Review grasshopper diversity and photos of nymphs, adults, and non-grasshopper species to aid in-field scouting from egg hatch and onwards.
● Access the PPMN’s Grasshopper Monitoring Protocol as a guide to help implement in-field monitoring.
● Review grasshopper lifecycle, damage and scouting and economic thresholds to support sound management decisions enabling the preservation of beneficial arthropods and mitigation of economic losses.

Biological and monitoring information (including tips for scouting and economic thresholds) related to grasshoppers in field crops is posted by Manitoba Agriculture and Resource DevelopmentSaskatchewan AgricultureAlberta Agriculture and Forestry, the BC Ministry of Agriculture, and the Prairie Pest Monitoring Network.  Also, refer to the grasshopper pages within the “Field Crop and Forage Pests and their Natural Enemies in Western Canada: Identification and management field guide” (2018) accessible as a free downloadable PDF in either English or French on our new Field Guides page.

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Predicted alfalfa weevil development

Ross Weiss, Tamara Rounce, David Giffen, Julie Soroka, Owen Olfert, Jennifer Otani and Meghan Vankosky
Categories
Week 3

The alfalfa weevil (AAW) (Curculionidae: Hypera postica) model predicts development using biological parameters known for the pest species and environmental data observed across the Canadian prairies on a daily basis. Review lifecycle and damage information for this pest.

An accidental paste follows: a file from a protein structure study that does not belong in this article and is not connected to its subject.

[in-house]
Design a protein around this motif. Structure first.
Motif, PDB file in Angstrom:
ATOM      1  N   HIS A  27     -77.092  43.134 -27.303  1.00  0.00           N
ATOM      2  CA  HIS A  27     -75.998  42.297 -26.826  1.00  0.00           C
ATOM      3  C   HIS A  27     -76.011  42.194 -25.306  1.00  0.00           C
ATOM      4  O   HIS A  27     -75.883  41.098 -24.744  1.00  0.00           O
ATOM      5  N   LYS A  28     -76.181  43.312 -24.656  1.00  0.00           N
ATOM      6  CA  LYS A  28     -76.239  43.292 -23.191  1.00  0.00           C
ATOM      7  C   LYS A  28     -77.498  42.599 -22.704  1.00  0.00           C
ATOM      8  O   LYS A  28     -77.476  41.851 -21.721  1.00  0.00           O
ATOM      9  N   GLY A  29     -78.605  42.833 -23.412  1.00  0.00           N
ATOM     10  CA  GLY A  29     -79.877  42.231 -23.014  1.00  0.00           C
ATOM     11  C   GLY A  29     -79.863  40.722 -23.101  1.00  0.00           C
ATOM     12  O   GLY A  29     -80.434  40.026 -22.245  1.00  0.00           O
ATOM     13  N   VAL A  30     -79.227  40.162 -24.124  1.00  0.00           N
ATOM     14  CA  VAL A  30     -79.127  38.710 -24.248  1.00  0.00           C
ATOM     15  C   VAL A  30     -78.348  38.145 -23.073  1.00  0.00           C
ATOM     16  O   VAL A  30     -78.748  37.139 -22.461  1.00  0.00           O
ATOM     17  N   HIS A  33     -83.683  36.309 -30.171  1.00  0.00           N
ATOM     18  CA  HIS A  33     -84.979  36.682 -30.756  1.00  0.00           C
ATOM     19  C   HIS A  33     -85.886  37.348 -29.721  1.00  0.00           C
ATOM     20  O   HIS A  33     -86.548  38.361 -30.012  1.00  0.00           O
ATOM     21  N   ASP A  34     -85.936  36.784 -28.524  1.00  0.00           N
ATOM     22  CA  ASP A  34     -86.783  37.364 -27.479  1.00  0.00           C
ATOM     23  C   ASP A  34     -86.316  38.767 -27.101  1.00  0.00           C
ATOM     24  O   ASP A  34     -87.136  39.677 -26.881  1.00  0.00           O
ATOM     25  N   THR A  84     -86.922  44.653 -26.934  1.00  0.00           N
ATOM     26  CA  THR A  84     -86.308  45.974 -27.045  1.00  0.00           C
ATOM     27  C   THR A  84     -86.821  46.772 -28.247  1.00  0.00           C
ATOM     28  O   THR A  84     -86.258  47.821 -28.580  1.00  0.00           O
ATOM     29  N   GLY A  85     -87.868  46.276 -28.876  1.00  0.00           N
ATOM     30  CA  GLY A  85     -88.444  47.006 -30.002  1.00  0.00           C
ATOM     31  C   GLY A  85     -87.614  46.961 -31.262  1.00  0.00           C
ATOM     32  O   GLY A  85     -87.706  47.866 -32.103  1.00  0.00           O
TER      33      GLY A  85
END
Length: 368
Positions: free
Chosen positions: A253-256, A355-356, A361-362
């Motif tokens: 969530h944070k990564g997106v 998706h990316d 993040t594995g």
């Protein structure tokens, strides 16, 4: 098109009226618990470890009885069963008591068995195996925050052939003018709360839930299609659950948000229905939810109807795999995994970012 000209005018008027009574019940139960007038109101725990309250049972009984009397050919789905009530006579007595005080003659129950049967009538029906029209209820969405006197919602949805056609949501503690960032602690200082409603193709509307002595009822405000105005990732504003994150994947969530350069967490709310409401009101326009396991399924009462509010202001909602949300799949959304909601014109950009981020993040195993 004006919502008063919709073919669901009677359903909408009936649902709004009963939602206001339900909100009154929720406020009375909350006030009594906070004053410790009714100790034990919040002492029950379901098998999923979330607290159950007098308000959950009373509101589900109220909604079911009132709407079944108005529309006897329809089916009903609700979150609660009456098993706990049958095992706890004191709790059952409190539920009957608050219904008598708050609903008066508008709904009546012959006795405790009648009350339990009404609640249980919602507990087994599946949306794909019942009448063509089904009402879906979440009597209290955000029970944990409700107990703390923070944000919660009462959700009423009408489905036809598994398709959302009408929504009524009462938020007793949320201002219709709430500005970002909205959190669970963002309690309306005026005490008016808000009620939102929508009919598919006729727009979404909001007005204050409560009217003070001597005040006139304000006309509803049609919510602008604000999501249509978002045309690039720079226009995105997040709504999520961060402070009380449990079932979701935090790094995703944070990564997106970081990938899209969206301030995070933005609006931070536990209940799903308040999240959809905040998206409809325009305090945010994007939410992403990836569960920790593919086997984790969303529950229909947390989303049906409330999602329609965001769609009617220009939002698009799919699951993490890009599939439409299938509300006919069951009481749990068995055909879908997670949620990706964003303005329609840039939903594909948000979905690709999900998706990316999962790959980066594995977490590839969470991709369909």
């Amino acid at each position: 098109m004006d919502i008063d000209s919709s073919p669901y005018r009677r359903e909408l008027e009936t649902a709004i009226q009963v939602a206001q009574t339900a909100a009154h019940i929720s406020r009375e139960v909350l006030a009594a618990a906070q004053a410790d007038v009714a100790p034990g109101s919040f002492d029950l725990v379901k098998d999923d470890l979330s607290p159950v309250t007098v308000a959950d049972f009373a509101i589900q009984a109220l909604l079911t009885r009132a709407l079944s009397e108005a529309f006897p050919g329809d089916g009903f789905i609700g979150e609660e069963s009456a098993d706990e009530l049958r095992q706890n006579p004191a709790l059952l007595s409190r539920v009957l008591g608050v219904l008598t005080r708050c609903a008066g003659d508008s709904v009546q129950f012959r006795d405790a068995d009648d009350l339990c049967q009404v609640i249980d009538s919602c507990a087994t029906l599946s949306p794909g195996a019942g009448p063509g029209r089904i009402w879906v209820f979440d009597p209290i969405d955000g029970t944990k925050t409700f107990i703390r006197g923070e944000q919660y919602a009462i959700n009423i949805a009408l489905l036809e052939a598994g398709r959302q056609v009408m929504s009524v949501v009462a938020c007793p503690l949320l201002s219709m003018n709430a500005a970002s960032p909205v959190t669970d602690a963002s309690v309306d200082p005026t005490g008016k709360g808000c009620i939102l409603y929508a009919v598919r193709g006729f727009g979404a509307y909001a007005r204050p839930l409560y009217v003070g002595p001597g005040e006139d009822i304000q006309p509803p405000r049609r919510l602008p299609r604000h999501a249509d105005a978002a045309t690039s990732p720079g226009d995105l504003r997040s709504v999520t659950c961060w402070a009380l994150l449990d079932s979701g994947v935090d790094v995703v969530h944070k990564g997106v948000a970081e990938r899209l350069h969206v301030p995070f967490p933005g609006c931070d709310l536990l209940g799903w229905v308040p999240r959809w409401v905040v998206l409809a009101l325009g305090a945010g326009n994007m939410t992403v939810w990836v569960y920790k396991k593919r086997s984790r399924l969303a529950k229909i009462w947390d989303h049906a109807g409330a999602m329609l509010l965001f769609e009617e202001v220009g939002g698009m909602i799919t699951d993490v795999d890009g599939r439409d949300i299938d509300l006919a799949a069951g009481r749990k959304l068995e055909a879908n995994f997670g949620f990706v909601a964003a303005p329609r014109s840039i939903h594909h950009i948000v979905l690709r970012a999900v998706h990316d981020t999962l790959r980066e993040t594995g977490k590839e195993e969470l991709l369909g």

Model simulations for alfalfa weevil (AAW) indicate that oviposition should be well underway across the prairies. The following graphs indicate, based on potential number of eggs, that development is marginally slower near Lethbridge, Alberta (Fig. 1) than Saskatoon, Saskatchewan (Fig. 2). The model predicts that hatch should begin next week.

Figure 1. Predicted status of alfalfa weevil (Hypera postica) populations near Lethbridge AB as of May 22, 2022.
Figure 2. Predicted status of alfalfa weevil (Hypera postica) populations near Saskatoon SK as of May 22, 2022.

Additional information can be accessed by reviewing the Alfalfa Weevil Page extracted from the “Field crop and forage pests and their natural enemies in western Canada – Identification and management field guide” (2018; accessible as a free downloadable PDF in either English or French on our new Field Guides page.

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Predicted cereal leaf beetle development

Ross Weiss, Tamara Rounce, David Giffen, Owen Olfert, Jennifer Otani and Meghan Vankosky
Categories
Week 3

The cereal leaf beetle (CLB) (Chysomelidae: Oulema melanopus) model predicts larval development using biological parameters known for the pest species and environmental data observed across the Canadian prairies on a daily basis. Review lifecycle and damage information for this pest.